$${\int }_{a}^{b}|f(x)|dx={A}_{1}+{A}_{2}.$$


Properties of the Definite Integral

The properties of indefinite integrals apply to definite integrals as well. Definite integrals also have properties that relate to the limits of integration. These properties, along with the rules of integration that we examine later in this chapter, help us manipulate expressions to evaluate definite integrals.


Rule: Properties of the Definite Integral

  1. $${\int }_{a}^{a}f(x)dx=0$$
    If the limits of integration are the same, the integral is just a line and contains no area.
  2. $${\int }_{b}^{a}f(x)dx=\text{−}{\int }_{a}^{b}f(x)dx$$
    If the limits are reversed, then place a negative sign in front of the integral.
  3. $${\int }_{a}^{b}\left[f(x)+g(x)\right]dx={\int }_{a}^{b}f(x)dx+{\int }_{a}^{b}g(x)dx$$
    The integral of a sum is the sum of the integrals.
  4. $${\int }_{a}^{b}\left[f(x)-g(x)\right]dx={\int }_{a}^{b}f(x)dx-{\int }_{a}^{b}g(x)dx$$
    The integral of a difference is the difference of the integrals.
  5. $${\int }_{a}^{b}cf(x)dx=c{\int }_{a}^{b}f(x)$$
    for constant [latex]c[/latex]. The integral of the product of a constant and a function is equal to the constant multiplied by the integral of the function.
  6. $${\int }_{a}^{b}f(x)dx={\int }_{a}^{c}f(x)dx+{\int }_{c}^{b}f(x)dx$$
    Although this formula normally applies when [latex]c[/latex] is between [latex]a[/latex] and [latex]b[/latex], the formula holds for all values of [latex]a[/latex], [latex]b[/latex], and [latex]c[/latex], provided [latex]f(x)[/latex] is integrable on the largest interval.


Comparison Properties of Integrals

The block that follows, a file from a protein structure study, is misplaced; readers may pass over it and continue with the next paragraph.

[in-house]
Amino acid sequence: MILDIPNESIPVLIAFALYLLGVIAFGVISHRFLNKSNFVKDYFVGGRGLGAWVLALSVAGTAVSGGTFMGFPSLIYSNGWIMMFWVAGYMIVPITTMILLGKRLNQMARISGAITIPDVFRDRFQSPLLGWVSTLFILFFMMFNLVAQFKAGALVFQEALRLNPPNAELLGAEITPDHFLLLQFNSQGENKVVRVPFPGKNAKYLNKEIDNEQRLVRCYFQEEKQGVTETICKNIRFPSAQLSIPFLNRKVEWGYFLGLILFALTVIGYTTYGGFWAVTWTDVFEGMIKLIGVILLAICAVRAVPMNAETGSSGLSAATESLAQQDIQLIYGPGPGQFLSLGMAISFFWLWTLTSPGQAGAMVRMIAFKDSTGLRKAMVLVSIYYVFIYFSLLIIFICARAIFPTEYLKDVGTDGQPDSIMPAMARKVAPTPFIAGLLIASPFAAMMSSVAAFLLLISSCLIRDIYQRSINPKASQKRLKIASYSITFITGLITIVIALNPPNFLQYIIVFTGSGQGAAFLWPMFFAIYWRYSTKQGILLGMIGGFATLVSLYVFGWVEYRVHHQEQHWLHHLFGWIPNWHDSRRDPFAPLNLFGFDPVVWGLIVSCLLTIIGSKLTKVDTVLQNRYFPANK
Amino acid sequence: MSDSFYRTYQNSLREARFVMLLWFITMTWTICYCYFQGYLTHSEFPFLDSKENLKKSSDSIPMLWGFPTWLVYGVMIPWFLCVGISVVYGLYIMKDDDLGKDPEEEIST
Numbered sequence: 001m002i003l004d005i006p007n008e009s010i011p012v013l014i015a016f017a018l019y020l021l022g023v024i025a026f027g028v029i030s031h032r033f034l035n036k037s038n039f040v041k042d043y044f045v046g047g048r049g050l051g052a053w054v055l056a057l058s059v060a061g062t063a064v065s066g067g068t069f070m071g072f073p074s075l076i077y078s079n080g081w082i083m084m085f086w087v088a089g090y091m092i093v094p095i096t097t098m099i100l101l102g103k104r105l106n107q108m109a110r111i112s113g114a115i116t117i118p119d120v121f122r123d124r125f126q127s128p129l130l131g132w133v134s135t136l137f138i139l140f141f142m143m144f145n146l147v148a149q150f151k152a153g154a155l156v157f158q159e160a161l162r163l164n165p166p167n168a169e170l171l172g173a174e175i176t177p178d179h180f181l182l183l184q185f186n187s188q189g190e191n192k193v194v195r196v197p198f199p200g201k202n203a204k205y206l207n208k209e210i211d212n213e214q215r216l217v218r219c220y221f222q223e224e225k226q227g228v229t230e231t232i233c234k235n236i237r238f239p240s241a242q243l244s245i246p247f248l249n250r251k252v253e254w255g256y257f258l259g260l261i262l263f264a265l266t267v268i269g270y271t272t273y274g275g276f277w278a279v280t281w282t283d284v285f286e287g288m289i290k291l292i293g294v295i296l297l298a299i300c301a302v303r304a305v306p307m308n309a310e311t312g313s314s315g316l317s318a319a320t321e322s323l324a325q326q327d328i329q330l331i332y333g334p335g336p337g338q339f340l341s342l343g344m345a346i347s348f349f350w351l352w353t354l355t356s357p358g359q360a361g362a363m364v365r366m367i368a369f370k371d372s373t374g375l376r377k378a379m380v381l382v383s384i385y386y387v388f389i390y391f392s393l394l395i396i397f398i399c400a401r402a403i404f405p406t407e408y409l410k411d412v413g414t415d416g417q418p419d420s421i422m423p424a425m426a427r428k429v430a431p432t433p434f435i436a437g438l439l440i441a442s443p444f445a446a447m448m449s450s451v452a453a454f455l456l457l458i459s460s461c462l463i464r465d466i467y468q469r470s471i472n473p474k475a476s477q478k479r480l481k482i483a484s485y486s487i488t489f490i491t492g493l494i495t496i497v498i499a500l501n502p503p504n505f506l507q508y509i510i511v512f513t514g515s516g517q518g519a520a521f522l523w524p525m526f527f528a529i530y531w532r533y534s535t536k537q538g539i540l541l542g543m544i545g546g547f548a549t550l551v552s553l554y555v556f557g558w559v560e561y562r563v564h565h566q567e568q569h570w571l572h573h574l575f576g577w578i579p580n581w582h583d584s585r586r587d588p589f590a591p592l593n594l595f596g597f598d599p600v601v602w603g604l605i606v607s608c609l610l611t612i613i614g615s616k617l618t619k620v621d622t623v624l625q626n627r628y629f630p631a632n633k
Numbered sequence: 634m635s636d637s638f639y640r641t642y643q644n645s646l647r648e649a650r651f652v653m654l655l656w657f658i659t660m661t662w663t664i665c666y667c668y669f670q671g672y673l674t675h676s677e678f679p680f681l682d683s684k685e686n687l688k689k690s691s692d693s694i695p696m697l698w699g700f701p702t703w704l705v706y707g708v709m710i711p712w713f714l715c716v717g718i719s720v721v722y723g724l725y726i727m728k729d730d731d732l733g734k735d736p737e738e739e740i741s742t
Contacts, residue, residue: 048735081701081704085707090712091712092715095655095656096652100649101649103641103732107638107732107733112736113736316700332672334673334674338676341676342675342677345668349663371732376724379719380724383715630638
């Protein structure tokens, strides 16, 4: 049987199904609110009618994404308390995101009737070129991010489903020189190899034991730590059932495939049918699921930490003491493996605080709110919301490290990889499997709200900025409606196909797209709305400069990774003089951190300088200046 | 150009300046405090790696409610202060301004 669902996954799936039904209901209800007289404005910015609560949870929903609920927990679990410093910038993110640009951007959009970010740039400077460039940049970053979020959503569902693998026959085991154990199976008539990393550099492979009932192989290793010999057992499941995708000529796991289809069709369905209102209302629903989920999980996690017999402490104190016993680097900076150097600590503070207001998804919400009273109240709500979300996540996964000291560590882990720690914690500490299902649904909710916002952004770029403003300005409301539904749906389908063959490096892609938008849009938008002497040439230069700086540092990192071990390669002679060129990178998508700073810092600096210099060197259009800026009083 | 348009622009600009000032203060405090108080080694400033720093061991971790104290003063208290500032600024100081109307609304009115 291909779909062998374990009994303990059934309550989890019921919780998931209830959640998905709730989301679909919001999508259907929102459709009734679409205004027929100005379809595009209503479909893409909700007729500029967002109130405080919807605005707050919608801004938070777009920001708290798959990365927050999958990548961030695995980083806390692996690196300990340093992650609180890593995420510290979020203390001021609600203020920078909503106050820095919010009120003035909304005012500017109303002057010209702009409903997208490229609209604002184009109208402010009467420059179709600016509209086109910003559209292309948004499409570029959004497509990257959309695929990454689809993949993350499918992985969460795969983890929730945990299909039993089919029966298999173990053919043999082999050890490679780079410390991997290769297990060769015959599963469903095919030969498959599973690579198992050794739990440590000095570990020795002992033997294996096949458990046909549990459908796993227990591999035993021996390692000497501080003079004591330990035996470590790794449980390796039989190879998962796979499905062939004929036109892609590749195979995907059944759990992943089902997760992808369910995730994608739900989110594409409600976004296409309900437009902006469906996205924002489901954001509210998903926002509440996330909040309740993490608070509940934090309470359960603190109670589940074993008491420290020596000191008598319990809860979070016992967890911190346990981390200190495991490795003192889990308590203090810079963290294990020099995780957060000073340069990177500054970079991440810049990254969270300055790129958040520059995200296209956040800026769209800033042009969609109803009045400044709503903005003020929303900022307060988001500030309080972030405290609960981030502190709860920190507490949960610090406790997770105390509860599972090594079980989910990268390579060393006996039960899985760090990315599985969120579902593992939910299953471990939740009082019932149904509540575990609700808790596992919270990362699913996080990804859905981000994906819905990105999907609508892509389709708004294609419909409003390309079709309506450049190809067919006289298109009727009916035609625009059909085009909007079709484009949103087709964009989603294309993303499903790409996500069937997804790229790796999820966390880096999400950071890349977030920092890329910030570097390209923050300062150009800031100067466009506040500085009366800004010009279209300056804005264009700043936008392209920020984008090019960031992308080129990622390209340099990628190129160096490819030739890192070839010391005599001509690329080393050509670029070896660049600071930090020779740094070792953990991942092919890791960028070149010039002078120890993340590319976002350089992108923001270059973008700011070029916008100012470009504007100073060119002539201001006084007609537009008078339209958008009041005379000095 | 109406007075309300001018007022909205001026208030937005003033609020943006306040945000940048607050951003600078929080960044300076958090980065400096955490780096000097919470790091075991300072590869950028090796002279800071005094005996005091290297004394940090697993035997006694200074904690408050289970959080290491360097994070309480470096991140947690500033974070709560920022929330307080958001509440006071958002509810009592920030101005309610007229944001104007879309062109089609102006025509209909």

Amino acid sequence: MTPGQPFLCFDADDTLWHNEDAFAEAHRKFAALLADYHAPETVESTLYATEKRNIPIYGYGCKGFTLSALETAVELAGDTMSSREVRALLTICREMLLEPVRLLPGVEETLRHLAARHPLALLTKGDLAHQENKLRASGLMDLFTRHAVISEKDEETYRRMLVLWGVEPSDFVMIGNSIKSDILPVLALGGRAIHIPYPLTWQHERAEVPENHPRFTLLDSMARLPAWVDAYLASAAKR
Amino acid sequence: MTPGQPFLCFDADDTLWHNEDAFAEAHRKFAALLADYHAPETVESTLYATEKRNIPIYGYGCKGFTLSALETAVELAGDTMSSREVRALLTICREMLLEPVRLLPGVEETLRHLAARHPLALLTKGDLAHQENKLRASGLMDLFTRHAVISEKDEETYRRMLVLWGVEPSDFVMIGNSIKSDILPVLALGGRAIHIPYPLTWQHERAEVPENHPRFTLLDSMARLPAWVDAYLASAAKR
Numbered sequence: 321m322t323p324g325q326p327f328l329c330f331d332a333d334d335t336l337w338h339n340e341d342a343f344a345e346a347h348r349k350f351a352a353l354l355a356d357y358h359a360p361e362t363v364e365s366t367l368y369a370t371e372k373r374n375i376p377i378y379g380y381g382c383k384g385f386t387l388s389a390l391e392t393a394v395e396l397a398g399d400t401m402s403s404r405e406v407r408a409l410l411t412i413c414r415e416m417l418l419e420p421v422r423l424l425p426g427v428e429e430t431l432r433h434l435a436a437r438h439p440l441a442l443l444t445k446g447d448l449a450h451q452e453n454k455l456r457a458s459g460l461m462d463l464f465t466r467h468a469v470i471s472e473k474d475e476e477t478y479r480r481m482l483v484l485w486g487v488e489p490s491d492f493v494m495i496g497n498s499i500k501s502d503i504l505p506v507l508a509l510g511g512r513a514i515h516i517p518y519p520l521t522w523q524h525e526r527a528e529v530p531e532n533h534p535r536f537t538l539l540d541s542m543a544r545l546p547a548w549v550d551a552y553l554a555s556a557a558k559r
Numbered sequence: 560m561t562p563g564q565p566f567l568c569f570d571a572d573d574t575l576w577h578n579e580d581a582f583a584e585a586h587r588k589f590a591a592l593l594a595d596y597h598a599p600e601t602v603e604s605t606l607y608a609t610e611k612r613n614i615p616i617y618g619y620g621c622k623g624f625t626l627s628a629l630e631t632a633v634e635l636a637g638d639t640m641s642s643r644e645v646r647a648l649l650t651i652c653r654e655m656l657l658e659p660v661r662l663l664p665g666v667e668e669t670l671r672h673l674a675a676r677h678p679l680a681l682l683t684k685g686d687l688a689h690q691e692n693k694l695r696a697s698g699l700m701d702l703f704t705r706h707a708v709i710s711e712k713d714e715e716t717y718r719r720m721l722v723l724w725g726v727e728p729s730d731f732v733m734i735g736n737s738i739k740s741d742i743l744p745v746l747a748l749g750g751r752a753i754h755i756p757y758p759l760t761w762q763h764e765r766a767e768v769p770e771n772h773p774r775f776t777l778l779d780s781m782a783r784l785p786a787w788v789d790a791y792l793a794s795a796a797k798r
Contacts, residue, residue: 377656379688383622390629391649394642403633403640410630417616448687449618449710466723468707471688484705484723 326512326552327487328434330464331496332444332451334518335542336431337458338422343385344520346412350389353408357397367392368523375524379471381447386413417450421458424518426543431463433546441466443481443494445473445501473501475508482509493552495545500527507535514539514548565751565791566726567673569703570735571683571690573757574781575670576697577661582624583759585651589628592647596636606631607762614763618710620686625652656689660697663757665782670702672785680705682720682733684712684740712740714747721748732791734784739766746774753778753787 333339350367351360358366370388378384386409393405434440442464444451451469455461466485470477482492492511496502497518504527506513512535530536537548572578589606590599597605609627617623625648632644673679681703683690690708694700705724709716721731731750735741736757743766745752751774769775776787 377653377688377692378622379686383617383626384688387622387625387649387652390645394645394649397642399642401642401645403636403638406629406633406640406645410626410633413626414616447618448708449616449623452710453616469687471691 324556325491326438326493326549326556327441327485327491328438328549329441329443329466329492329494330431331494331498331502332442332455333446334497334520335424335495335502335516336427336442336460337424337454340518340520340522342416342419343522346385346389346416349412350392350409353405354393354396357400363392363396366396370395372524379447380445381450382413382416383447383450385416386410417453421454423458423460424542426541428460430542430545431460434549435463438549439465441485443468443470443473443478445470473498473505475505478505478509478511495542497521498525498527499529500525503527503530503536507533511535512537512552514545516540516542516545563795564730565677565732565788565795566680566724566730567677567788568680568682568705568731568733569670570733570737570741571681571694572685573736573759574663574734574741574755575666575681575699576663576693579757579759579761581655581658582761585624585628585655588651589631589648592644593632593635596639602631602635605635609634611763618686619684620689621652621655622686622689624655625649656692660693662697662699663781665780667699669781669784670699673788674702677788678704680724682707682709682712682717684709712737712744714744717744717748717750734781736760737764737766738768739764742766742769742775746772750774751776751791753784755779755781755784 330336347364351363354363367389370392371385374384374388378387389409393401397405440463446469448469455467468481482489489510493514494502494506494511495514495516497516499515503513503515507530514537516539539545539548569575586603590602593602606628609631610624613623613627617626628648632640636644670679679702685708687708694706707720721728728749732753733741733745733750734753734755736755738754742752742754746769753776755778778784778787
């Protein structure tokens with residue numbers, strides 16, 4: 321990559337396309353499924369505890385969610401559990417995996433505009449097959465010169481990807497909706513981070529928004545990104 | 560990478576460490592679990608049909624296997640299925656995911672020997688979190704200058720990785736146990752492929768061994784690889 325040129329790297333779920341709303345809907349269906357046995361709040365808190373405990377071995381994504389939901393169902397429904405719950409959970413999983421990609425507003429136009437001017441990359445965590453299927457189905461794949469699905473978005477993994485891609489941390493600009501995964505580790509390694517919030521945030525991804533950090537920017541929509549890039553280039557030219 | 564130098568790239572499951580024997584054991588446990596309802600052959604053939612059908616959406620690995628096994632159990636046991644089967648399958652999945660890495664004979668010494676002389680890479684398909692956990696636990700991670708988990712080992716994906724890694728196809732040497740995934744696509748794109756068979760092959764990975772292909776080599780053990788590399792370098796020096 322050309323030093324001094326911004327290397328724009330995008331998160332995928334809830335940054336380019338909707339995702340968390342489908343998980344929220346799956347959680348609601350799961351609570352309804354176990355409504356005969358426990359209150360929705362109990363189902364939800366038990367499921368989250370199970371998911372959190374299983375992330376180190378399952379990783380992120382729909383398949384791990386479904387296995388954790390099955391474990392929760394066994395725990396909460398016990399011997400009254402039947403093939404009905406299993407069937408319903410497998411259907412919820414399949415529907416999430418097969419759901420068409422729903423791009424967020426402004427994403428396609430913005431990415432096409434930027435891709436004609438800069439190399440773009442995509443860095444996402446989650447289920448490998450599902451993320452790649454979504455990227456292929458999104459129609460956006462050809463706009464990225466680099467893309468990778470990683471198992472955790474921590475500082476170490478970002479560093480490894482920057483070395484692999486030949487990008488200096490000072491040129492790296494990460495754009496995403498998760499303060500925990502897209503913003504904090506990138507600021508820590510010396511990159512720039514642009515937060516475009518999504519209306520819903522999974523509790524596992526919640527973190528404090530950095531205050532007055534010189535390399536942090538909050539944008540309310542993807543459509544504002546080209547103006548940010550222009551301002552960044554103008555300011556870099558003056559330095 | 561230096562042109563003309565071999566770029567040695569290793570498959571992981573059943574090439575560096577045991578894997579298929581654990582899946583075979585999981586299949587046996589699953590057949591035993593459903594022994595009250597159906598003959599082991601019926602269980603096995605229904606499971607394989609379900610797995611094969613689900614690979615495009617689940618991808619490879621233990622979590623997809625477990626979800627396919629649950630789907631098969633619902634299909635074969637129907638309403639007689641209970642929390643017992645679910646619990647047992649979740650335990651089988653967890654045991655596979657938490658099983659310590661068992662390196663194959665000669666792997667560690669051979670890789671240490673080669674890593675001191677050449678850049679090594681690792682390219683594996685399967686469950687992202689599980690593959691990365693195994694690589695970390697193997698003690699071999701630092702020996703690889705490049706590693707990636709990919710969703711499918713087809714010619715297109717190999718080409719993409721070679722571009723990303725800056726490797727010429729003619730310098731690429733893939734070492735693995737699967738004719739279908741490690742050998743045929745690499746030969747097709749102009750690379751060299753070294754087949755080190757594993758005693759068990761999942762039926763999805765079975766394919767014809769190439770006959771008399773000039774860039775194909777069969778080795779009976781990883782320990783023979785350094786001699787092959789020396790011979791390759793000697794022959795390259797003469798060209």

A picture can sometimes tell us more about a function than the results of computations. Comparing functions by their graphs as well as by their algebraic expressions can often give new insight into the process of integration. Intuitively, we might say that if a function [latex]f(x)[/latex] is above another function [latex]g(x),[/latex] then the area between [latex]f(x)[/latex] and the [latex]x[/latex]-axis is greater than the area between [latex]g(x)[/latex] and the [latex]x[/latex]-axis. This is true depending on the interval over which the comparison is made. The properties of definite integrals are valid whether [latex]a < b,a=b,[/latex] or [latex]a > b.[/latex] The following properties, however, concern only the case [latex]a\le b,[/latex] and are used when we want to compare the sizes of integrals.


Comparison Theorem

  1. If [latex]f(x)\ge 0[/latex] for [latex]a\le x\le b,[/latex] then
    $${\int }_{a}^{b}f(x)dx\ge 0.$$
  2. If [latex]f(x)\ge g(x)[/latex] for [latex]a\le x\le b,[/latex] then
    $${\int }_{a}^{b}f(x)dx\ge {\int }_{a}^{b}g(x)dx.$$
  3. If [latex]m[/latex] and M are constants such that [latex]m\le f(x)\le M[/latex] for [latex]a\le x\le b,[/latex] then
    $$\begin{array}{cc}\\ \\ m(b-a)\hfill & \le {\int }_{a}^{b}f(x)dx\hfill \\ & \le M(b-a).\hfill \end{array}$$


Average Value of a Function